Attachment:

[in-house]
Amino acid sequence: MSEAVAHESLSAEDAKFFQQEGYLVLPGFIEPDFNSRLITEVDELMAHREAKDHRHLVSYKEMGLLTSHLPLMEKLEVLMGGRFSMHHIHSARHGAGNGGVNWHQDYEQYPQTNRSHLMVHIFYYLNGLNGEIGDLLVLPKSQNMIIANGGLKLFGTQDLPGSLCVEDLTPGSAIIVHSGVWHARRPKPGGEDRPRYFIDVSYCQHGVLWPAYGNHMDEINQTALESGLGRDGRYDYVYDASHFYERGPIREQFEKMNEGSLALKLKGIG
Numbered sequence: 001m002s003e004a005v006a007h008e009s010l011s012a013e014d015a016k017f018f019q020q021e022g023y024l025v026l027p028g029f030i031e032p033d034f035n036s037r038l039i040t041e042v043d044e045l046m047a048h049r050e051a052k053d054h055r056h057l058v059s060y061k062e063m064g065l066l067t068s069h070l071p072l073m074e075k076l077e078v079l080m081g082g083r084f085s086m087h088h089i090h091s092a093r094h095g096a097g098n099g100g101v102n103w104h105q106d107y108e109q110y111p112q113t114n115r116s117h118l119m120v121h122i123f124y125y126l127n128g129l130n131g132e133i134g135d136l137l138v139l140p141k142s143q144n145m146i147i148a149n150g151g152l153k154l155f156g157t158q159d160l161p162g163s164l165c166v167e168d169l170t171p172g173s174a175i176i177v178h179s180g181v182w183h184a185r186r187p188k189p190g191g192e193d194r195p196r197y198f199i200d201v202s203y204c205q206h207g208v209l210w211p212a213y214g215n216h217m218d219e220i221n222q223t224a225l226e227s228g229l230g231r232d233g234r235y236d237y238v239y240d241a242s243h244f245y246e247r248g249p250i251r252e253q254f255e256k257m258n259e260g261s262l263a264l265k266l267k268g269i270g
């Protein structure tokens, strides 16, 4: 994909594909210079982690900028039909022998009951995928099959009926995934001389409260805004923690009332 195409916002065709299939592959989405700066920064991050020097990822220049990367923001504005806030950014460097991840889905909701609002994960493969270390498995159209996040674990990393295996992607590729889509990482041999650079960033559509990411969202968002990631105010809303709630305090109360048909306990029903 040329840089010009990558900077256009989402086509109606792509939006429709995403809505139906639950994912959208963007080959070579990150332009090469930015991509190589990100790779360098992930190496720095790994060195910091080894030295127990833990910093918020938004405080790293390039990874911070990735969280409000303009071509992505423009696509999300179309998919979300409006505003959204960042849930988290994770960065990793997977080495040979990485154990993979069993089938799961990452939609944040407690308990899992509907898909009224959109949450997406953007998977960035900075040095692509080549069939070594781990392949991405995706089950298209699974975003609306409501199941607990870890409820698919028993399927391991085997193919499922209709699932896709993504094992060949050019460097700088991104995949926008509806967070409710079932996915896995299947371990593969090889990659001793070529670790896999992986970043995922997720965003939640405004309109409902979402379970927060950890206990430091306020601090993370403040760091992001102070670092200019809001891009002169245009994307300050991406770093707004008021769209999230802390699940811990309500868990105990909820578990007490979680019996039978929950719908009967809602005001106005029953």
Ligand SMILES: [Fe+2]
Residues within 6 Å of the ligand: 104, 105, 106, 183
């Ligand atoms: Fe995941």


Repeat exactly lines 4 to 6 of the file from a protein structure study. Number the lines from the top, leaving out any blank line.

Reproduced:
């Protein structure tokens, strides 16, 4: 994909594909210079982690900028039909022998009951995928099959009926995934001389409260805004923690009332 195409916002065709299939592959989405700066920064991050020097990822220049990367923001504005806030950014460097991840889905909701609002994960493969270390498995159209996040674990990393295996992607590729889509990482041999650079960033559509990411969202968002990631105010809303709630305090109360048909306990029903 040329840089010009990558900077256009989402086509109606792509939006429709995403809505139906639950994912959208963007080959070579990150332009090469930015991509190589990100790779360098992930190496720095790994060195910091080894030295127990833990910093918020938004405080790293390039990874911070990735969280409000303009071509992505423009696509999300179309998919979300409006505003959204960042849930988290994770960065990793997977080495040979990485154990993979069993089938799961990452939609944040407690308990899992509907898909009224959109949450997406953007998977960035900075040095692509080549069939070594781990392949991405995706089950298209699974975003609306409501199941607990870890409820698919028993399927391991085997193919499922209709699932896709993504094992060949050019460097700088991104995949926008509806967070409710079932996915896995299947371990593969090889990659001793070529670790896999992986970043995922997720965003939640405004309109409902979402379970927060950890206990430091306020601090993370403040760091992001102070670092200019809001891009002169245009994307300050991406770093707004008021769209999230802390699940811990309500868990105990909820578990007490979680019996039978929950719908009967809602005001106005029953």
Ligand SMILES: [Fe+2]
Residues within 6 Å of the ligand: 104, 105, 106, 183